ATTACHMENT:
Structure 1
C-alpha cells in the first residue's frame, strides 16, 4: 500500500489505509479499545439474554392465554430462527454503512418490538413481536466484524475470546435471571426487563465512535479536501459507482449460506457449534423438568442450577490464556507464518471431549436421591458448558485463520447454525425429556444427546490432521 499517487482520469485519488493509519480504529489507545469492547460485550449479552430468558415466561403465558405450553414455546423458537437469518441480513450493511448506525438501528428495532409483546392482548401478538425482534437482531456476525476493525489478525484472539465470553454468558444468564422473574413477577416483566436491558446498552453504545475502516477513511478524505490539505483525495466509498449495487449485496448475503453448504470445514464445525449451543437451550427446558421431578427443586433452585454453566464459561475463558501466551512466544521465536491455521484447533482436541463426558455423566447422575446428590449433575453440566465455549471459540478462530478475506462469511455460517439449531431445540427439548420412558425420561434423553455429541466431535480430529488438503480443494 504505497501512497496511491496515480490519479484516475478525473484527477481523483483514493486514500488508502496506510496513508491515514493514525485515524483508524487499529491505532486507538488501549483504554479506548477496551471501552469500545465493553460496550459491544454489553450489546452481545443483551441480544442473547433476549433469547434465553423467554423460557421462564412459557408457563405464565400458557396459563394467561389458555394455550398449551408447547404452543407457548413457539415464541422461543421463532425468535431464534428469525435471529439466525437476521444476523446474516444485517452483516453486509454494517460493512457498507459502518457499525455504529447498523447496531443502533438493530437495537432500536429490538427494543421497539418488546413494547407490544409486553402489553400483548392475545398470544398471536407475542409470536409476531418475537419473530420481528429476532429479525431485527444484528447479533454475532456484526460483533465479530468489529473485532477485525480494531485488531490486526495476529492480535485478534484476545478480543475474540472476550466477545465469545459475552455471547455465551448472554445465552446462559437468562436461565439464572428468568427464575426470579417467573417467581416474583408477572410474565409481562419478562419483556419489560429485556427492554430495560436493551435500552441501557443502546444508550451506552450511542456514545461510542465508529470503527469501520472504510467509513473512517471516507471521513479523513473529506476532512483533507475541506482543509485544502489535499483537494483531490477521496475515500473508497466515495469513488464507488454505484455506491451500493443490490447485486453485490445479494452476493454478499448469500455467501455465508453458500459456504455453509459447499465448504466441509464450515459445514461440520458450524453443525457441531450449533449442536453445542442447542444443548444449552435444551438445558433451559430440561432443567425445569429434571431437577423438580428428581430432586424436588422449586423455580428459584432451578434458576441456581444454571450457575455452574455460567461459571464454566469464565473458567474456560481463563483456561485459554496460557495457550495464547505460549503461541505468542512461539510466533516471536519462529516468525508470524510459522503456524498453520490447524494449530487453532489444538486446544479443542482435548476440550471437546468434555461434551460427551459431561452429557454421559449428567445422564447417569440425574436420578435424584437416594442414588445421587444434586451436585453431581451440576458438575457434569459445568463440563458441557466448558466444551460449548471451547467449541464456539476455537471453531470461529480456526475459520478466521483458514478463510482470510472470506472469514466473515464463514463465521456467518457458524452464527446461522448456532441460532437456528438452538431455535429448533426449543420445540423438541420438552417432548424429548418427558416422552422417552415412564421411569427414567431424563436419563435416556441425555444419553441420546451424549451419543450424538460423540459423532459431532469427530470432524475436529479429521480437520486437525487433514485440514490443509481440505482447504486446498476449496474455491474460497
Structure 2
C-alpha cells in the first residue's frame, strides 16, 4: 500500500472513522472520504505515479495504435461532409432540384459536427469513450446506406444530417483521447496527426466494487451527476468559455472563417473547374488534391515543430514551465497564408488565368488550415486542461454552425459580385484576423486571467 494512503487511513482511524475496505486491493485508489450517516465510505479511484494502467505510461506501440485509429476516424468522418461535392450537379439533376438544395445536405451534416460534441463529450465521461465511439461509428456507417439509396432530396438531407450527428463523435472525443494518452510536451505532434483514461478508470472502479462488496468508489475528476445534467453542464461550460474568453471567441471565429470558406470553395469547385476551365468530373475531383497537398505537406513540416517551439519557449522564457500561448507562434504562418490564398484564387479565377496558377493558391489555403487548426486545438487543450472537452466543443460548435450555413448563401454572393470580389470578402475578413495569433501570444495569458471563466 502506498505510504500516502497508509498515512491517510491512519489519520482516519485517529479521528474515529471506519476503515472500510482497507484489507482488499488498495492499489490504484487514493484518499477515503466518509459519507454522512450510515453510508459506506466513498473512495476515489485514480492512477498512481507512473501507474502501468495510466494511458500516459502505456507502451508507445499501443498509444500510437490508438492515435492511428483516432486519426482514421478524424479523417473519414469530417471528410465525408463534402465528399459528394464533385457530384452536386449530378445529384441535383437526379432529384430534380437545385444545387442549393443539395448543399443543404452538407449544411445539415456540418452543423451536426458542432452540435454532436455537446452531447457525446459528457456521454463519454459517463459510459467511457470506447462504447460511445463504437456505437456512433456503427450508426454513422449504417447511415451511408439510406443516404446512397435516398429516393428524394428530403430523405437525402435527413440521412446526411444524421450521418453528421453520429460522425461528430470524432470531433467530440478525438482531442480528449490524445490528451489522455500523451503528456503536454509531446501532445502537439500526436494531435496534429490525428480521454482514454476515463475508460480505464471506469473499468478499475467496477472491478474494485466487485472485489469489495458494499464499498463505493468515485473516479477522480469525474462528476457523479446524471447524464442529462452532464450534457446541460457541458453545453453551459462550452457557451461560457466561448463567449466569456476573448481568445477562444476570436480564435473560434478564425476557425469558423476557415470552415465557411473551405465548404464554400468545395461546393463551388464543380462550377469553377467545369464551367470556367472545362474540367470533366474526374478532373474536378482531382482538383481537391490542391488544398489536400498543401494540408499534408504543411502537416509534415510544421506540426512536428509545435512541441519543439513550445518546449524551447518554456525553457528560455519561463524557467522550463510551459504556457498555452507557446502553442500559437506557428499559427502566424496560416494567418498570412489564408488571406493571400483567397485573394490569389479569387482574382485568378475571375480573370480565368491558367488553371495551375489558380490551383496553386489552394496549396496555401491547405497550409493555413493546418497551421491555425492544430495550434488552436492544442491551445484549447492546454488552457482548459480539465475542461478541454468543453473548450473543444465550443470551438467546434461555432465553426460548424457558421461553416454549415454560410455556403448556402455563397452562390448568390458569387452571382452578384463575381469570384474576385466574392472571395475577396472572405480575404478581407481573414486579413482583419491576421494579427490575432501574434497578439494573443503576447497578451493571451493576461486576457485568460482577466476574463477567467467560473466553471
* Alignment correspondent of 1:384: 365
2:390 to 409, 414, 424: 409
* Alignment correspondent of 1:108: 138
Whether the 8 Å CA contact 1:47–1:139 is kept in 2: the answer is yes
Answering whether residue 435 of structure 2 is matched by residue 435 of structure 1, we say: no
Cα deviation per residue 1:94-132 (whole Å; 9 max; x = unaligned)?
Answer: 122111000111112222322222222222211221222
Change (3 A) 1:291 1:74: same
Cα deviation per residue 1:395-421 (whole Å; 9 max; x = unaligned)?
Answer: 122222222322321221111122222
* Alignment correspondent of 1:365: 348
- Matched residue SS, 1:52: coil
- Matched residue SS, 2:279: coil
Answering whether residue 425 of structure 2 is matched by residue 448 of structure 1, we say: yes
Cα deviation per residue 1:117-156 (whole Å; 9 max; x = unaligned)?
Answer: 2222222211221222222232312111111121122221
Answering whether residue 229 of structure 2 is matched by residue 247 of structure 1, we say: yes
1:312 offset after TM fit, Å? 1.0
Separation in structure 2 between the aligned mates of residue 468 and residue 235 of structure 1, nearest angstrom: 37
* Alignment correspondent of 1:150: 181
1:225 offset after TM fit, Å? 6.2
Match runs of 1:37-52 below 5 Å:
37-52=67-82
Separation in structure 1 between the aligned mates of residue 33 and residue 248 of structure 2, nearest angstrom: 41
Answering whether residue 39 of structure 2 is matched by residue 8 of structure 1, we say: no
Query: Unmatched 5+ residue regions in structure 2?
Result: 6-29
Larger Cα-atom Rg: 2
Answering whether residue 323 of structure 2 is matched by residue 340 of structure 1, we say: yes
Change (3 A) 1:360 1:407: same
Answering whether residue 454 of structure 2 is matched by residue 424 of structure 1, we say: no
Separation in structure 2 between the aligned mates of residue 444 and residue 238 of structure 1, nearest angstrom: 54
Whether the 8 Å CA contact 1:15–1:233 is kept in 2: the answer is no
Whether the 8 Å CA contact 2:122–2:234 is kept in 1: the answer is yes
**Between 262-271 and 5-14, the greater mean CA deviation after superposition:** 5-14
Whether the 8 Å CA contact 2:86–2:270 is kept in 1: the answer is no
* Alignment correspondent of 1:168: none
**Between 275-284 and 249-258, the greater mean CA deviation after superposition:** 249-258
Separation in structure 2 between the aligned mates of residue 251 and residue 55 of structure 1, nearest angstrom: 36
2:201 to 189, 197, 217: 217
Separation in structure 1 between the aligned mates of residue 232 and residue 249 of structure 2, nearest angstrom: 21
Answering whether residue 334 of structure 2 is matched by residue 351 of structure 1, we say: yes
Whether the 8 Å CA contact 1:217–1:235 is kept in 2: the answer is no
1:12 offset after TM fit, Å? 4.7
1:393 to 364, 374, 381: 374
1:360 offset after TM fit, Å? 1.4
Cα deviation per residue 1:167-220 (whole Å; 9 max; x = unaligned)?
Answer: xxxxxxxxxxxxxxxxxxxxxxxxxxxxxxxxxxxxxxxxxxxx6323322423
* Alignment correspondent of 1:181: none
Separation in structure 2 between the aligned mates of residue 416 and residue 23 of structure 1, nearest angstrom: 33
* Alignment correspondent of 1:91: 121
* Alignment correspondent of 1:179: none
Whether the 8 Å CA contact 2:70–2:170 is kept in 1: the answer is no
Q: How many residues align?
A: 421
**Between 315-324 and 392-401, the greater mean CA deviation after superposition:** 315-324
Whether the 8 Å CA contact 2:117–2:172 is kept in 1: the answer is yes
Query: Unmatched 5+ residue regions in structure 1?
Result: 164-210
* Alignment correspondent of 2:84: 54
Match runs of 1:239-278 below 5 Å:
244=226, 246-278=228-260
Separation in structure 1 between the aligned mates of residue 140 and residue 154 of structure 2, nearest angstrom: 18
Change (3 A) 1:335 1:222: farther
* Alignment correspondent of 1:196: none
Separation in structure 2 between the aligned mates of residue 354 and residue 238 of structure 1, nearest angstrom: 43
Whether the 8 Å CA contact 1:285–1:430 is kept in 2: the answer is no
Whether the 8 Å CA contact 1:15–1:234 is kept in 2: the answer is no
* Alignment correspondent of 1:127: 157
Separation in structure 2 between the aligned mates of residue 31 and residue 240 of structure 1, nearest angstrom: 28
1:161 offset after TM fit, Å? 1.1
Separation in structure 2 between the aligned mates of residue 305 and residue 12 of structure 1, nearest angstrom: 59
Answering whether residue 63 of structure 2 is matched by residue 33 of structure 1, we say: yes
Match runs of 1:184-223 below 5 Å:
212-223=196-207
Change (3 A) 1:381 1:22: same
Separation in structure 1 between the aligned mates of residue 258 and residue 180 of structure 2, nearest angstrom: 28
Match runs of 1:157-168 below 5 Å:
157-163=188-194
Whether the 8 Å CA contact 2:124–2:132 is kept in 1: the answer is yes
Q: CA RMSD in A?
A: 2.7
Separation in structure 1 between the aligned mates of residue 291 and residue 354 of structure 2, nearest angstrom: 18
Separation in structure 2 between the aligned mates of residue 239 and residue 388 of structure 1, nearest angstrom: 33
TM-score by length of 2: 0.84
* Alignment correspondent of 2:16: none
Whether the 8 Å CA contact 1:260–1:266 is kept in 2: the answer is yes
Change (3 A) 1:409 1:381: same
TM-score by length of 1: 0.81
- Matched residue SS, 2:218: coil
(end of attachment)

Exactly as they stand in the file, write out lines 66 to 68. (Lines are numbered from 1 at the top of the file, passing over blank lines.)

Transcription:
244=226, 246-278=228-260
Separation in structure 1 between the aligned mates of residue 140 and residue 154 of structure 2, nearest angstrom: 18
Change (3 A) 1:335 1:222: farther